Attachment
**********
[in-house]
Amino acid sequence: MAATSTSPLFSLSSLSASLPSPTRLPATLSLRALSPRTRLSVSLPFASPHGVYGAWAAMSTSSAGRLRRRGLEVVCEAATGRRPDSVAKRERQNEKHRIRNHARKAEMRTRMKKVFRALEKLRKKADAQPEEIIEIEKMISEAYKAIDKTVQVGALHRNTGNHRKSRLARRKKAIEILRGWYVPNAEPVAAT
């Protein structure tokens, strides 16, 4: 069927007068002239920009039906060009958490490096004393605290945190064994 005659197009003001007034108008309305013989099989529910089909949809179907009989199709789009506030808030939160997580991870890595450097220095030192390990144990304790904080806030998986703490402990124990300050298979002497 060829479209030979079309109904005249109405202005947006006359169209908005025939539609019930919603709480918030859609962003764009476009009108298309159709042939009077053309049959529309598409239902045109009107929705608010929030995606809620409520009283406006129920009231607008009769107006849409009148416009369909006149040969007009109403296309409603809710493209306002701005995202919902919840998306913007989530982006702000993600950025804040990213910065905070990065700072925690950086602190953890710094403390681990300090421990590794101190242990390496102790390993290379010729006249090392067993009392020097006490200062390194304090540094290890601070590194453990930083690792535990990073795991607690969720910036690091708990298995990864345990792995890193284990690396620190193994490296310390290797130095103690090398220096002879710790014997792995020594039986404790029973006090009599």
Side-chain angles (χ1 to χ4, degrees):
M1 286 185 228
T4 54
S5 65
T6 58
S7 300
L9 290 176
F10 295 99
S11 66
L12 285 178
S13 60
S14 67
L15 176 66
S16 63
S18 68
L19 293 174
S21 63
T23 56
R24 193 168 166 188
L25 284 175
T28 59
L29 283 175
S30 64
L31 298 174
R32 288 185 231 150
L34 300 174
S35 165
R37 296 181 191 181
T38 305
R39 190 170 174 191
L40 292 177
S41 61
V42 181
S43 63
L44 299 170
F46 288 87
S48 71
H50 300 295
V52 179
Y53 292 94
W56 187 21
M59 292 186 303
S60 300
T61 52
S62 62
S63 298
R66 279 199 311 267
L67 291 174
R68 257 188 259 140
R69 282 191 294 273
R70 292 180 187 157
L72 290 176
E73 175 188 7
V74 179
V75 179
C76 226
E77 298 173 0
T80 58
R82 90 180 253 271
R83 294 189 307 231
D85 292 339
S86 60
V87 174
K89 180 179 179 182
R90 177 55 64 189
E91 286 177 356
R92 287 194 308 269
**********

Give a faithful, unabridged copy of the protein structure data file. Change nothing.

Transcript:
[in-house]
Amino acid sequence: MAATSTSPLFSLSSLSASLPSPTRLPATLSLRALSPRTRLSVSLPFASPHGVYGAWAAMSTSSAGRLRRRGLEVVCEAATGRRPDSVAKRERQNEKHRIRNHARKAEMRTRMKKVFRALEKLRKKADAQPEEIIEIEKMISEAYKAIDKTVQVGALHRNTGNHRKSRLARRKKAIEILRGWYVPNAEPVAAT
């Protein structure tokens, strides 16, 4: 069927007068002239920009039906060009958490490096004393605290945190064994 005659197009003001007034108008309305013989099989529910089909949809179907009989199709789009506030808030939160997580991870890595450097220095030192390990144990304790904080806030998986703490402990124990300050298979002497 060829479209030979079309109904005249109405202005947006006359169209908005025939539609019930919603709480918030859609962003764009476009009108298309159709042939009077053309049959529309598409239902045109009107929705608010929030995606809620409520009283406006129920009231607008009769107006849409009148416009369909006149040969007009109403296309409603809710493209306002701005995202919902919840998306913007989530982006702000993600950025804040990213910065905070990065700072925690950086602190953890710094403390681990300090421990590794101190242990390496102790390993290379010729006249090392067993009392020097006490200062390194304090540094290890601070590194453990930083690792535990990073795991607690969720910036690091708990298995990864345990792995890193284990690396620190193994490296310390290797130095103690090398220096002879710790014997792995020594039986404790029973006090009599």
Side-chain angles (χ1 to χ4, degrees):
M1 286 185 228
T4 54
S5 65
T6 58
S7 300
L9 290 176
F10 295 99
S11 66
L12 285 178
S13 60
S14 67
L15 176 66
S16 63
S18 68
L19 293 174
S21 63
T23 56
R24 193 168 166 188
L25 284 175
T28 59
L29 283 175
S30 64
L31 298 174
R32 288 185 231 150
L34 300 174
S35 165
R37 296 181 191 181
T38 305
R39 190 170 174 191
L40 292 177
S41 61
V42 181
S43 63
L44 299 170
F46 288 87
S48 71
H50 300 295
V52 179
Y53 292 94
W56 187 21
M59 292 186 303
S60 300
T61 52
S62 62
S63 298
R66 279 199 311 267
L67 291 174
R68 257 188 259 140
R69 282 191 294 273
R70 292 180 187 157
L72 290 176
E73 175 188 7
V74 179
V75 179
C76 226
E77 298 173 0
T80 58
R82 90 180 253 271
R83 294 189 307 231
D85 292 339
S86 60
V87 174
K89 180 179 179 182
R90 177 55 64 189
E91 286 177 356
R92 287 194 308 269